Asthma is a disease of the airways. Symptoms include wheeze, cough and
chest tightness. The patient experiences difficulty in breathing.
Often the symptoms subside, only to reappear at a later date.
Occasionally symptoms deteriorate to the extent that the disease becomes
life-threatening. People can and do die from asthma.
Asthma is now recognised as one of the most important health issues in the United Kingdom. It affects between 5% and 10% of the population and it is believed to be on the increase.
Types Of Workplace Asthma
Asthma in the workplace can be of two main types.
- Work-aggravated asthma
- Pre-existing asthma made worse by exposure to
substances in the workplace.
- Occupational asthma
- Asthma caused by exposure to substances in the
The second type of asthma is of particular concern because one a worker has developed asthma due to exposure to a chemical, subsequent exposures (even of lower concentrations of that chemical) will provoke an asthma attack.In essence the worker has become sensitized (in an allergic or allergic-like manner) to the chemical.
Within the United Kingdom approximately 1000 cases of occupational
asthma are diagnosed each year by specialist doctors. This is believed
to be the tip of the iceberg - many more cases are likely to be missed.
Surveys in USA and Japan suggest between 5% and 15% of asthma is
work-related. It is probable that at least 5% of asthma in the UK is
also work related.
For a more detailed review of occupational asthma see this review by
my supervisor. To see the abstract of an oral presentation presented at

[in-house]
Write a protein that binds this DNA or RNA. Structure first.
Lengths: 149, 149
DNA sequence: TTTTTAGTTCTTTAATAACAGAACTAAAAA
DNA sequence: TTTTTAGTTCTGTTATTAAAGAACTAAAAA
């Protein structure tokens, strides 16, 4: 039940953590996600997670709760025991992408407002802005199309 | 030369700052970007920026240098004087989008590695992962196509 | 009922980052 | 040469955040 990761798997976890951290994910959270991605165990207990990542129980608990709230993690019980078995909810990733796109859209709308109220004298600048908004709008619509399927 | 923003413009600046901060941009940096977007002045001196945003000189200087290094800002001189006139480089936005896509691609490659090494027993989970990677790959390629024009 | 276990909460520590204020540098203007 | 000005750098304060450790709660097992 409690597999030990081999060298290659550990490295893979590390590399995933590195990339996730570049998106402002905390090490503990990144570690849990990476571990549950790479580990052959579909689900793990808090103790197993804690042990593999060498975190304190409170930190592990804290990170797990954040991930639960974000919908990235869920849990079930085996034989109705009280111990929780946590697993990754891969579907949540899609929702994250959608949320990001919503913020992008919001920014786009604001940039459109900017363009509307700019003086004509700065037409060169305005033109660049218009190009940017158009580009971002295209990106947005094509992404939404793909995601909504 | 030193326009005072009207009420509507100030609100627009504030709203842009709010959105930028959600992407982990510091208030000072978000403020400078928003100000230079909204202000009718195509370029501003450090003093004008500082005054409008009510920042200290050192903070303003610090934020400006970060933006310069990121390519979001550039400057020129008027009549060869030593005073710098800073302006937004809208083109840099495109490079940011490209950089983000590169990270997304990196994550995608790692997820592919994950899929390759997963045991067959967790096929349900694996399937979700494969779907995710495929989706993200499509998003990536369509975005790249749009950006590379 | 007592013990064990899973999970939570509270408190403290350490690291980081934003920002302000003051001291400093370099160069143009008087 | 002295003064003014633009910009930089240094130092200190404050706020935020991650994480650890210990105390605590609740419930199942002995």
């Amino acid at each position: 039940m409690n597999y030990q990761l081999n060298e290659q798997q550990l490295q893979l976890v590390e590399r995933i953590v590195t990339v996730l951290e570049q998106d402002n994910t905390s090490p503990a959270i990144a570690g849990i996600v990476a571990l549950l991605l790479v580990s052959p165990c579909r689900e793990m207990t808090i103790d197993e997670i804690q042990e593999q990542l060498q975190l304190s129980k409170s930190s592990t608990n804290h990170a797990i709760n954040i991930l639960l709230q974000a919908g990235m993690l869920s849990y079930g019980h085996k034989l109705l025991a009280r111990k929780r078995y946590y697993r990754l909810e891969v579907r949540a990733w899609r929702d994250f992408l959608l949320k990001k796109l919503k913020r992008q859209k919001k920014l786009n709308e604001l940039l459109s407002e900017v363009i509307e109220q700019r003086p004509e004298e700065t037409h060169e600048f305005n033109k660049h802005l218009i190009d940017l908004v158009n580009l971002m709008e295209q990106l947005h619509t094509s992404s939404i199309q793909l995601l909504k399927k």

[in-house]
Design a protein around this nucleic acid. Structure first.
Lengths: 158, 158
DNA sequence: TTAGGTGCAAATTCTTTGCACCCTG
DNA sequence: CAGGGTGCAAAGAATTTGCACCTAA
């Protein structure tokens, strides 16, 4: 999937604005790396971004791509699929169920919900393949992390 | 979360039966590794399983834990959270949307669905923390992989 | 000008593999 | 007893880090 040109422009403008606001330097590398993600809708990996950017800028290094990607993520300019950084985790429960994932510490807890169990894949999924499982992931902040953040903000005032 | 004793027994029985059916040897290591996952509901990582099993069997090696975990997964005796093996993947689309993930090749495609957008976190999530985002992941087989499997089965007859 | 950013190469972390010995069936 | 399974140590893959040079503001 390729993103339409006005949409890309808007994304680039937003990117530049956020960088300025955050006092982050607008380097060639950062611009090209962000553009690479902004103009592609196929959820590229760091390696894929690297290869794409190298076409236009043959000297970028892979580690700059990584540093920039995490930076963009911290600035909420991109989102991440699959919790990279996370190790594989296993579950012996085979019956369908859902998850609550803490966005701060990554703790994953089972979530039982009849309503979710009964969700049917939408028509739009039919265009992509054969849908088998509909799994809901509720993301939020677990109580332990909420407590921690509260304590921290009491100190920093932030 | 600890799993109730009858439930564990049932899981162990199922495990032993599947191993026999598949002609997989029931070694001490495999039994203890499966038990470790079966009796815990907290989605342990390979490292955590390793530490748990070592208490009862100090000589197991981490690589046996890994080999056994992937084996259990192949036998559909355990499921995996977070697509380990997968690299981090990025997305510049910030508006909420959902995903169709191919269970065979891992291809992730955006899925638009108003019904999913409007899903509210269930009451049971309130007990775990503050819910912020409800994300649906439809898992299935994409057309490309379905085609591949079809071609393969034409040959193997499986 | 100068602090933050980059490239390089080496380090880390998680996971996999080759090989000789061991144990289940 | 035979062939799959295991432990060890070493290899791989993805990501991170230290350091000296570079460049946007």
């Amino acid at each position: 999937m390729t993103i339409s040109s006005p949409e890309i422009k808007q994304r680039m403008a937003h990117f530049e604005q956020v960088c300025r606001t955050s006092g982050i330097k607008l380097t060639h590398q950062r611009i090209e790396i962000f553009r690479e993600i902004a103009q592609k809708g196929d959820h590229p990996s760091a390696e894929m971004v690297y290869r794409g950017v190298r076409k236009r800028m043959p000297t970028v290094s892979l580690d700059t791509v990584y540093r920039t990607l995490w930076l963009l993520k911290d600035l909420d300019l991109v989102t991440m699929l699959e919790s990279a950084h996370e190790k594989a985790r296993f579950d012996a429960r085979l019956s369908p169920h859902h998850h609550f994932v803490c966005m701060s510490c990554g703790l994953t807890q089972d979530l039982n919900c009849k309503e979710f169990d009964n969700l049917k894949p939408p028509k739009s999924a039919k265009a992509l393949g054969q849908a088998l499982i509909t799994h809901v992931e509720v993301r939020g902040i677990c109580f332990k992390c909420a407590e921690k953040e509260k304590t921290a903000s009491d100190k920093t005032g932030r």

The British Occupational Hygiene Conference during the spring of 1996
Workers who develop occupational asthma may improve if removed from exposure however in some cases symptoms may persist for years after exposure ceases. Some form of long term drug therapy may be required. The avoidance of re-exposure to the relevant chemical should promote a favourable outcome.
It is in the interest of both employer and employee to provide and comply with measures to prevent occupational disease and injury. Prevention of occupational asthma involves two steps:
The first step is not easy for either employer or employee - until very recently the only way of knowing whether a chemical causes occupational asthma is if it has been reported to. This would require extensive searching of medical literature (in a number of languages).
- Identification of hazardous chemicals.
- Elimination, substitution, reduction and/or containment of the hazardous chemicals.
The second step, whilst not trivial, is within the power of employer and employee. Care must be taken not to replace one hazardous chemical with another of equal or greater hazard.
Which Chemicals are Hazardous?
Whilst it is not possible to produce a 100% accurate list of chemicals that pose and occupational asthma hazard risk it is possible to indicate some of those asthma causing compounds that have been identified as a problem. You can also find a general overview of the types of chemicals with regards occupational asthma.
- Ross, D.J., Sallie, B.A. and McDonald, J.C. (1995) Occupational
Medicine 45, 175-178.
- Chan-Yeung, M. and Malo, J.L. (1995) New England Journal Of
Medicine 333/2, 107-112